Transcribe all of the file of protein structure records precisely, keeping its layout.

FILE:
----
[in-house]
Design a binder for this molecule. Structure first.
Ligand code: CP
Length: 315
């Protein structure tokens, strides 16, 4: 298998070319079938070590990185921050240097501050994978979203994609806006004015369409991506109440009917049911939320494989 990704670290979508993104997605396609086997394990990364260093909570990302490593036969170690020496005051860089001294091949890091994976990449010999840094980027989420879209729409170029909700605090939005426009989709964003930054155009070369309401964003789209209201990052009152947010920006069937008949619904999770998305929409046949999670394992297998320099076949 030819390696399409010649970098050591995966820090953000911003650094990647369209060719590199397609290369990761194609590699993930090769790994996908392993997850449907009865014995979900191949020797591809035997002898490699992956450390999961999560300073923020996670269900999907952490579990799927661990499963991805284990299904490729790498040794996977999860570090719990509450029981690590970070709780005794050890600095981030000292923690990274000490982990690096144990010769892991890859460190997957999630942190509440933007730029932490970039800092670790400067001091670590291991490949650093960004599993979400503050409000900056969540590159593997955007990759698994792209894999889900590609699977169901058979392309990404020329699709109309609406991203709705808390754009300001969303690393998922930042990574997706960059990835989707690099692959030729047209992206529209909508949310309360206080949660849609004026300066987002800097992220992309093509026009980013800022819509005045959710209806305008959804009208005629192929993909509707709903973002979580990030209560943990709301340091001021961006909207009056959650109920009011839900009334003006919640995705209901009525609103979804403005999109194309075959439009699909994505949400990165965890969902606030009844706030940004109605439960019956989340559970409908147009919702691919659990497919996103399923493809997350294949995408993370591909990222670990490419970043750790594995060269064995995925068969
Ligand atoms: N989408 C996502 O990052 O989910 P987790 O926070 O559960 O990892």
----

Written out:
[in-house]
Design a binder for this molecule. Structure first.
Ligand code: CP
Length: 315
């Protein structure tokens, strides 16, 4: 298998070319079938070590990185921050240097501050994978979203994609806006004015369409991506109440009917049911939320494989 990704670290979508993104997605396609086997394990990364260093909570990302490593036969170690020496005051860089001294091949890091994976990449010999840094980027989420879209729409170029909700605090939005426009989709964003930054155009070369309401964003789209209201990052009152947010920006069937008949619904999770998305929409046949999670394992297998320099076949 030819390696399409010649970098050591995966820090953000911003650094990647369209060719590199397609290369990761194609590699993930090769790994996908392993997850449907009865014995979900191949020797591809035997002898490699992956450390999961999560300073923020996670269900999907952490579990799927661990499963991805284990299904490729790498040794996977999860570090719990509450029981690590970070709780005794050890600095981030000292923690990274000490982990690096144990010769892991890859460190997957999630942190509440933007730029932490970039800092670790400067001091670590291991490949650093960004599993979400503050409000900056969540590159593997955007990759698994792209894999889900590609699977169901058979392309990404020329699709109309609406991203709705808390754009300001969303690393998922930042990574997706960059990835989707690099692959030729047209992206529209909508949310309360206080949660849609004026300066987002800097992220992309093509026009980013800022819509005045959710209806305008959804009208005629192929993909509707709903973002979580990030209560943990709301340091001021961006909207009056959650109920009011839900009334003006919640995705209901009525609103979804403005999109194309075959439009699909994505949400990165965890969902606030009844706030940004109605439960019956989340559970409908147009919702691919659990497919996103399923493809997350294949995408993370591909990222670990490419970043750790594995060269064995995925068969
Ligand atoms: N989408 C996502 O990052 O989910 P987790 O926070 O559960 O990892």